we ever taken by surprise by ltumanla. i
tool us was mat uum.inia , ,
made up her mind so (illicitly
lt,A. In 1... ... ........ , n a . . . I In
nf ih. i.i..t ii,i, rfr.n,.u.. fi..i
Itrutlano libs . llumani-iTi
uratiano uite Kuniamaii (
1 '" .. i.
'" nlM "new that Rumania was nut
qul,c rcadr towari1 ,llc cnd ' Ausust. j
Prepared for Oualauarht.
"For all that, our military authorities
mado all possible preparations, which
did not consist, us has been bellexcd, in
holding thi mountain summits and
passes along the ltumanlan border, but
which consisted In tho establishment of
tho line of defence now occupied by our
"Contrary to tho general Impression,
the falling back nf our troops has been
of no advantage to the ltumanlan, which
fart has finally dawned on the Htimnulau
military commanders, since they lunc re
cently become ery cautious.
"The mllltnrf nM Id iia, ..... .I.n.rl.
btra-iment. 1 know that ltumanla's action
was no surprise despite the fact that the
nce became too ferent and their lying
too patently obvious; so I reached the
conclusion that trouble was. not far off,
"Whether the declaration of war was
due on Sunday or Tuesday I did not
know. Hut I felt It was due, because In
addition the reports from Bucharest Indi
cated that the Russian pressure was
getting more severe each day, the Kn
tvnte Governments wanting to add to the
weight of their own futile offensives In
the east and west and Salonica the great
Impression the war declaration was ex
pected to make, but did in reality not
make bceauso we weio ready for It.
Praise for Bratlano.
"I will say that Hratlano played n
good game, though. When the ICntente
finally had shown all Its cards Bratlano
stiffened up 111 his own demands, which'
were granted fully some tlmo before the
outbreak of the war. I
"Then Hratlano thought he would play 1
the part of taking from the Austro-Hun-
gartan corpse what he could. Hut the
Kntentc had Its own notions, which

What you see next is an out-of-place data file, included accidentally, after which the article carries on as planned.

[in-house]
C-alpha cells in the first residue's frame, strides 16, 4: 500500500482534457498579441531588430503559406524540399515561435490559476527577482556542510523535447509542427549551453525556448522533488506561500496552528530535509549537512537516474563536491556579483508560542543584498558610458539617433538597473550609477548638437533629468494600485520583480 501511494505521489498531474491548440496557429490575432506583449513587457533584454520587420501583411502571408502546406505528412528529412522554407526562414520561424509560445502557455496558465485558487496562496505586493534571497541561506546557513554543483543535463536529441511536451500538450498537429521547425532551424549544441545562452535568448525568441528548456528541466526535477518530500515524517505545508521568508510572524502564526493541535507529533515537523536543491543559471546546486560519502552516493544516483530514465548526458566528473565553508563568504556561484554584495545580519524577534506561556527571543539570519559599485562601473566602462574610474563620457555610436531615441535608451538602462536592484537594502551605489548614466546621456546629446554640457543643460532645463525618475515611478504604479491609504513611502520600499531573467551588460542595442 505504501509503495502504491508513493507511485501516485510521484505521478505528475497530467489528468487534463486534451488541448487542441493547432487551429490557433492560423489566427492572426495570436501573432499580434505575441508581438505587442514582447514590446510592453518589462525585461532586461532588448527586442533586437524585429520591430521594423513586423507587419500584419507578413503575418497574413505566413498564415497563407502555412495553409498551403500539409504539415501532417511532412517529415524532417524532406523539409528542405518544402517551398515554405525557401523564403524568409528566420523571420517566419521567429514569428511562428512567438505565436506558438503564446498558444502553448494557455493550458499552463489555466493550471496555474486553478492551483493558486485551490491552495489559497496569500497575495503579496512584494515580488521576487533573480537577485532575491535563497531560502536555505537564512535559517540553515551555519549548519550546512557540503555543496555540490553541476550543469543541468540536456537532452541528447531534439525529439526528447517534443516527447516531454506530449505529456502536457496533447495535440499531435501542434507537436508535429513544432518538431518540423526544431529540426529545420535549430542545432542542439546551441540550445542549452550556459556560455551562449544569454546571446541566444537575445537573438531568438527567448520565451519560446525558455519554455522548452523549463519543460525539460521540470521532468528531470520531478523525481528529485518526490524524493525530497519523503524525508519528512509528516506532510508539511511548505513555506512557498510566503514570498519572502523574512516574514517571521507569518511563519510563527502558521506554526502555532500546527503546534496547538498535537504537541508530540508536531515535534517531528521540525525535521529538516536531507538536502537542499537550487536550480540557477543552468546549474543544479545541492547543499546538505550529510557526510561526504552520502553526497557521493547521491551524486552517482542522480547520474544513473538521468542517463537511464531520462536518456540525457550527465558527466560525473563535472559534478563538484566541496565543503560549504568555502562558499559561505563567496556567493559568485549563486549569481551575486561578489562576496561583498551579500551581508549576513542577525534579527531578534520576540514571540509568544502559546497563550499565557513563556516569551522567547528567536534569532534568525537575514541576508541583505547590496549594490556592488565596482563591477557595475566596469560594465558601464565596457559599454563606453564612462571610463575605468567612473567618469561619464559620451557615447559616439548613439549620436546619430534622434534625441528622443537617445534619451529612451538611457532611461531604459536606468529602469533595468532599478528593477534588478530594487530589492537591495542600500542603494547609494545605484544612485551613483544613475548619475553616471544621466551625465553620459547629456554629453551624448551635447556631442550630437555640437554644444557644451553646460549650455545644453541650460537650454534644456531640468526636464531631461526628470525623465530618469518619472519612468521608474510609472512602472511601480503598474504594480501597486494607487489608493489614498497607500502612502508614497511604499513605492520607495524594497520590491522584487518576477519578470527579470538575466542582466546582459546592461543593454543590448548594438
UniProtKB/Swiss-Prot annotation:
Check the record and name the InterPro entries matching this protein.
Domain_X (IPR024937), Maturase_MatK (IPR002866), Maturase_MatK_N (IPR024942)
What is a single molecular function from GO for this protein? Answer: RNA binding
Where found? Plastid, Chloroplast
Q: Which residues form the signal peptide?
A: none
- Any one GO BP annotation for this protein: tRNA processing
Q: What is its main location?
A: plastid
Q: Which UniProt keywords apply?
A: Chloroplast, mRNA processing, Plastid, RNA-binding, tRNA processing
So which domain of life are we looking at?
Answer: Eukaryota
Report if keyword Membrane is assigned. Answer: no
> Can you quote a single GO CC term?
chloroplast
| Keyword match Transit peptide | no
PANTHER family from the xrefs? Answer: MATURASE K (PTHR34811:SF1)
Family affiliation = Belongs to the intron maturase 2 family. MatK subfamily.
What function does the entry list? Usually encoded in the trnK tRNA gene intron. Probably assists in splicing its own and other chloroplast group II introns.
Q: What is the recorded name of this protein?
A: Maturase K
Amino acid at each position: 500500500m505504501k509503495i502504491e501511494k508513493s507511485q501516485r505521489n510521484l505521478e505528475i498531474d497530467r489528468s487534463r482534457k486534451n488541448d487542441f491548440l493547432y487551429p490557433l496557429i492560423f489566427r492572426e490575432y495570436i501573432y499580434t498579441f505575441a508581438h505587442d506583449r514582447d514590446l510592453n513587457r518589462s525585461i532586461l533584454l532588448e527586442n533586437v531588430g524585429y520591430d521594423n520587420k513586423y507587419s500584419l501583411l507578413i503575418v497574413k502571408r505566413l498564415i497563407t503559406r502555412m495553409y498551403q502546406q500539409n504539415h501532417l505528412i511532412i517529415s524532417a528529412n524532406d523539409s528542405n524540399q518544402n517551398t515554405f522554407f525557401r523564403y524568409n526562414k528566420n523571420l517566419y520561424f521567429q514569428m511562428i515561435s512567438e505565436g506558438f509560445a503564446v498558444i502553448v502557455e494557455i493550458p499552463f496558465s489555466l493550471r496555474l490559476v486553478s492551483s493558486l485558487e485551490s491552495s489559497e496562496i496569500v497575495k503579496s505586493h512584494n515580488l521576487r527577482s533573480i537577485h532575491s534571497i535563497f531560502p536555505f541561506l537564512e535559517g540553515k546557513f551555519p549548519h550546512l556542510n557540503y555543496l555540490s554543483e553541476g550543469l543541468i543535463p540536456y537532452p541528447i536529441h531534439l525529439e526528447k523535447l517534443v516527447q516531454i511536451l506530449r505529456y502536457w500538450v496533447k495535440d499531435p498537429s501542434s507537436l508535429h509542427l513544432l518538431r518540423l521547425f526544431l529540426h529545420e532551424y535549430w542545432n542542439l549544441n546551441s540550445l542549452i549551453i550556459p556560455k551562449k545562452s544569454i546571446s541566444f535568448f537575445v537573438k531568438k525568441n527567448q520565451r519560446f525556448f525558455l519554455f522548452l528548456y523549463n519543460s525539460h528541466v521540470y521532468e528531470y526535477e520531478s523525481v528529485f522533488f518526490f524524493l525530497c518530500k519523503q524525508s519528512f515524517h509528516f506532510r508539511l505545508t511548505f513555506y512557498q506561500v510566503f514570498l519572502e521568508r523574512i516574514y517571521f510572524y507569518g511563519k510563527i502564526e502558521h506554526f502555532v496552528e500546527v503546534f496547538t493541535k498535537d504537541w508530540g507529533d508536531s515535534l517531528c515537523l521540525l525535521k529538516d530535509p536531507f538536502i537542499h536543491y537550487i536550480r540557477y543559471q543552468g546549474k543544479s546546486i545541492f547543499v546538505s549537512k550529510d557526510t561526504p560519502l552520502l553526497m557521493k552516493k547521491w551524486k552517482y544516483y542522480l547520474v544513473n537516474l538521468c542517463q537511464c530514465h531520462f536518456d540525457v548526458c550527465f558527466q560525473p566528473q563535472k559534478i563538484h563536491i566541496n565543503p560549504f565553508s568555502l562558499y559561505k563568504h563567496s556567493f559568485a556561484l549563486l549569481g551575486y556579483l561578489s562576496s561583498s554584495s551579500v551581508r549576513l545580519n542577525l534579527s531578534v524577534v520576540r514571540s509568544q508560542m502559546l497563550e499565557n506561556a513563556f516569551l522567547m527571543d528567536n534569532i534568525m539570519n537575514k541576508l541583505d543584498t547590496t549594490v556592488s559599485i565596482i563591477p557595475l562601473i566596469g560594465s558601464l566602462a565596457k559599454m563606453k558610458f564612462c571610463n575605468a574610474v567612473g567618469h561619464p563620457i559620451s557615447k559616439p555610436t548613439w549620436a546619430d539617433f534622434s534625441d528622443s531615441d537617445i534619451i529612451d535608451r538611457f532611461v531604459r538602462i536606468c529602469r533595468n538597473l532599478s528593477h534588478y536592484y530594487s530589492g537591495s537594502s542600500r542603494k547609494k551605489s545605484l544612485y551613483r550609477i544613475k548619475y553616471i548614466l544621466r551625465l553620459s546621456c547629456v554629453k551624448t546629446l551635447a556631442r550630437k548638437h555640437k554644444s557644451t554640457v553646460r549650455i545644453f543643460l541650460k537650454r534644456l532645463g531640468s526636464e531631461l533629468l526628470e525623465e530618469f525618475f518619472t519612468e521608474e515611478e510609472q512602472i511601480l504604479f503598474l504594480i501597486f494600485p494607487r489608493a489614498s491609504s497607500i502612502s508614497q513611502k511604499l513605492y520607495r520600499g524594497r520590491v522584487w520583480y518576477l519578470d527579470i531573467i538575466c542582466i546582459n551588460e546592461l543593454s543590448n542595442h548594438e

Hratlano learned when lie was told that
ho was mistaken if he thought his. role
was merely taking pennies from u dead1
"Me was Instructed to start Immedi
ately, for only in helping to down the
Central Towers could he hope to- gain
what he wanted. The declaration of
war was therefore transmitted.
"Well, Rumania will havo a good
chance to rue her bargain. If I am not
mistaken. The fact Is we nre rnr from
completely dead, as some think."
As to the monarchy'H military and
economic stutus at this moment the Mln-
BOBBERS PITY THIS VICTIM.
Hetara far, to llnsbnnd of Invalid
Woman In Car.
Camdriimju, Mass., Sept. 10, A holdup
of an automobllo nnd Its occupants here
lust night by two masked and armed
men was marked by unusual circum
stances, according to tho story told to
the police by W. Stewart Orlscom of
Mr. Orlscom said that after he had
given the highwaymen his purse, contain
ing $50, they began to quarrel over tho
money. He admonished them to bo quiet,
as h! wife, who had been seriously 111,
was n passenger.
One of the robbers suggested that their
victim, with a sick wife on his hands,
would need funds. The other, Orlscom
said, agreed In this, und they turned
back $25 to him. Me said the men then
disappeared, still arguing over the divi
sion of their spoils.
SB. HUCKEI COMING HERE.
Leaves Baltimore Church to
W'arU In Columbia,
Baltimore, Sept 10. Tho Rev. Dr.
Oliver Huckel, pastor of Associate Con
gregational Church, this city and one of
leading ministers of Baltimore, sur